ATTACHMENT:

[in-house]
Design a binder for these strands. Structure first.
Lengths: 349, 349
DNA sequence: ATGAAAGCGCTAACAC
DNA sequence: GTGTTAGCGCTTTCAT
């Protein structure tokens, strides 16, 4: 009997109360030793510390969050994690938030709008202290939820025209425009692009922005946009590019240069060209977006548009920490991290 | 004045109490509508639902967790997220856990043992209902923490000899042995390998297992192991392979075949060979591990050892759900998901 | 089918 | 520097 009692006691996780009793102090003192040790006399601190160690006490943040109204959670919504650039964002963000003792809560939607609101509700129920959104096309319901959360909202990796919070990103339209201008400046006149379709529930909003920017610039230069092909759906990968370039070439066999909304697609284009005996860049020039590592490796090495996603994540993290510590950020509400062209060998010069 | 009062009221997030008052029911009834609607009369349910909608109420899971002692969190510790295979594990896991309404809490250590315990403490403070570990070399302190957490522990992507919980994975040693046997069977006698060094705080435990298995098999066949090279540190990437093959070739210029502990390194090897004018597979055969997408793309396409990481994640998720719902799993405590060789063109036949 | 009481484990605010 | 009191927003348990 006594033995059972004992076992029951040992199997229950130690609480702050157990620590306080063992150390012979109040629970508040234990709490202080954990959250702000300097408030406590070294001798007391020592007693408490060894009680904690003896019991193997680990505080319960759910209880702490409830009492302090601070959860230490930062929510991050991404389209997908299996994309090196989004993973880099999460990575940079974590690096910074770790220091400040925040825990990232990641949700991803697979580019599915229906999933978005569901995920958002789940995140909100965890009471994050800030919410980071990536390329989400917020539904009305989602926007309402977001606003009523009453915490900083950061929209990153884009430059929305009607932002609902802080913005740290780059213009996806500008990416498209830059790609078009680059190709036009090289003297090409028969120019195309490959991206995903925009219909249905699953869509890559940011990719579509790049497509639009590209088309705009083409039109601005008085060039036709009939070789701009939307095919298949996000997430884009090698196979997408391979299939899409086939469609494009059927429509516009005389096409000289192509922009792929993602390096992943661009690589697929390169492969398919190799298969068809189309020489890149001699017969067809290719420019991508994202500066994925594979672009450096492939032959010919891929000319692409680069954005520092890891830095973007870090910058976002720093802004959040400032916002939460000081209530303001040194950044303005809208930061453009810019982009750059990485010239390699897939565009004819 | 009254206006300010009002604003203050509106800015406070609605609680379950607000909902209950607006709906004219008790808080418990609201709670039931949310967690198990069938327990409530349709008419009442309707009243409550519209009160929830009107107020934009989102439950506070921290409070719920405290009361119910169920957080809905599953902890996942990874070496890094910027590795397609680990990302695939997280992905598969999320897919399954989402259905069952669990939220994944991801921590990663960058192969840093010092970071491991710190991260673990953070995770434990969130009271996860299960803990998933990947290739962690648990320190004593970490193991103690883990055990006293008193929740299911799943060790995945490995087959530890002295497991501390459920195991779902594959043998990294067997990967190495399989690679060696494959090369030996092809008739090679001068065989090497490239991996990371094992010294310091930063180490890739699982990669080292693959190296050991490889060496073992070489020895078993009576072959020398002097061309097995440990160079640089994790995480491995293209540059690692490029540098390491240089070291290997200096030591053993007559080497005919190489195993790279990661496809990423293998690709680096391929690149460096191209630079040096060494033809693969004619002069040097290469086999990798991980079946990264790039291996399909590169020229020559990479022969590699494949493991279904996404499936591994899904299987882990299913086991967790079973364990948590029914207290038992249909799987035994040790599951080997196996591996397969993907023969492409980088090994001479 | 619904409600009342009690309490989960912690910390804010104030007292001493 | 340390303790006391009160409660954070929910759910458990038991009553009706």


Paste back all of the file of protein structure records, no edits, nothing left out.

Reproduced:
[in-house]
Design a binder for these strands. Structure first.
Lengths: 349, 349
DNA sequence: ATGAAAGCGCTAACAC
DNA sequence: GTGTTAGCGCTTTCAT
């Protein structure tokens, strides 16, 4: 009997109360030793510390969050994690938030709008202290939820025209425009692009922005946009590019240069060209977006548009920490991290 | 004045109490509508639902967790997220856990043992209902923490000899042995390998297992192991392979075949060979591990050892759900998901 | 089918 | 520097 009692006691996780009793102090003192040790006399601190160690006490943040109204959670919504650039964002963000003792809560939607609101509700129920959104096309319901959360909202990796919070990103339209201008400046006149379709529930909003920017610039230069092909759906990968370039070439066999909304697609284009005996860049020039590592490796090495996603994540993290510590950020509400062209060998010069 | 009062009221997030008052029911009834609607009369349910909608109420899971002692969190510790295979594990896991309404809490250590315990403490403070570990070399302190957490522990992507919980994975040693046997069977006698060094705080435990298995098999066949090279540190990437093959070739210029502990390194090897004018597979055969997408793309396409990481994640998720719902799993405590060789063109036949 | 009481484990605010 | 009191927003348990 006594033995059972004992076992029951040992199997229950130690609480702050157990620590306080063992150390012979109040629970508040234990709490202080954990959250702000300097408030406590070294001798007391020592007693408490060894009680904690003896019991193997680990505080319960759910209880702490409830009492302090601070959860230490930062929510991050991404389209997908299996994309090196989004993973880099999460990575940079974590690096910074770790220091400040925040825990990232990641949700991803697979580019599915229906999933978005569901995920958002789940995140909100965890009471994050800030919410980071990536390329989400917020539904009305989602926007309402977001606003009523009453915490900083950061929209990153884009430059929305009607932002609902802080913005740290780059213009996806500008990416498209830059790609078009680059190709036009090289003297090409028969120019195309490959991206995903925009219909249905699953869509890559940011990719579509790049497509639009590209088309705009083409039109601005008085060039036709009939070789701009939307095919298949996000997430884009090698196979997408391979299939899409086939469609494009059927429509516009005389096409000289192509922009792929993602390096992943661009690589697929390169492969398919190799298969068809189309020489890149001699017969067809290719420019991508994202500066994925594979672009450096492939032959010919891929000319692409680069954005520092890891830095973007870090910058976002720093802004959040400032916002939460000081209530303001040194950044303005809208930061453009810019982009750059990485010239390699897939565009004819 | 009254206006300010009002604003203050509106800015406070609605609680379950607000909902209950607006709906004219008790808080418990609201709670039931949310967690198990069938327990409530349709008419009442309707009243409550519209009160929830009107107020934009989102439950506070921290409070719920405290009361119910169920957080809905599953902890996942990874070496890094910027590795397609680990990302695939997280992905598969999320897919399954989402259905069952669990939220994944991801921590990663960058192969840093010092970071491991710190991260673990953070995770434990969130009271996860299960803990998933990947290739962690648990320190004593970490193991103690883990055990006293008193929740299911799943060790995945490995087959530890002295497991501390459920195991779902594959043998990294067997990967190495399989690679060696494959090369030996092809008739090679001068065989090497490239991996990371094992010294310091930063180490890739699982990669080292693959190296050991490889060496073992070489020895078993009576072959020398002097061309097995440990160079640089994790995480491995293209540059690692490029540098390491240089070291290997200096030591053993007559080497005919190489195993790279990661496809990423293998690709680096391929690149460096191209630079040096060494033809693969004619002069040097290469086999990798991980079946990264790039291996399909590169020229020559990479022969590699494949493991279904996404499936591994899904299987882990299913086991967790079973364990948590029914207290038992249909799987035994040790599951080997196996591996397969993907023969492409980088090994001479 | 619904409600009342009690309490989960912690910390804010104030007292001493 | 340390303790006391009160409660954070929910759910458990038991009553009706």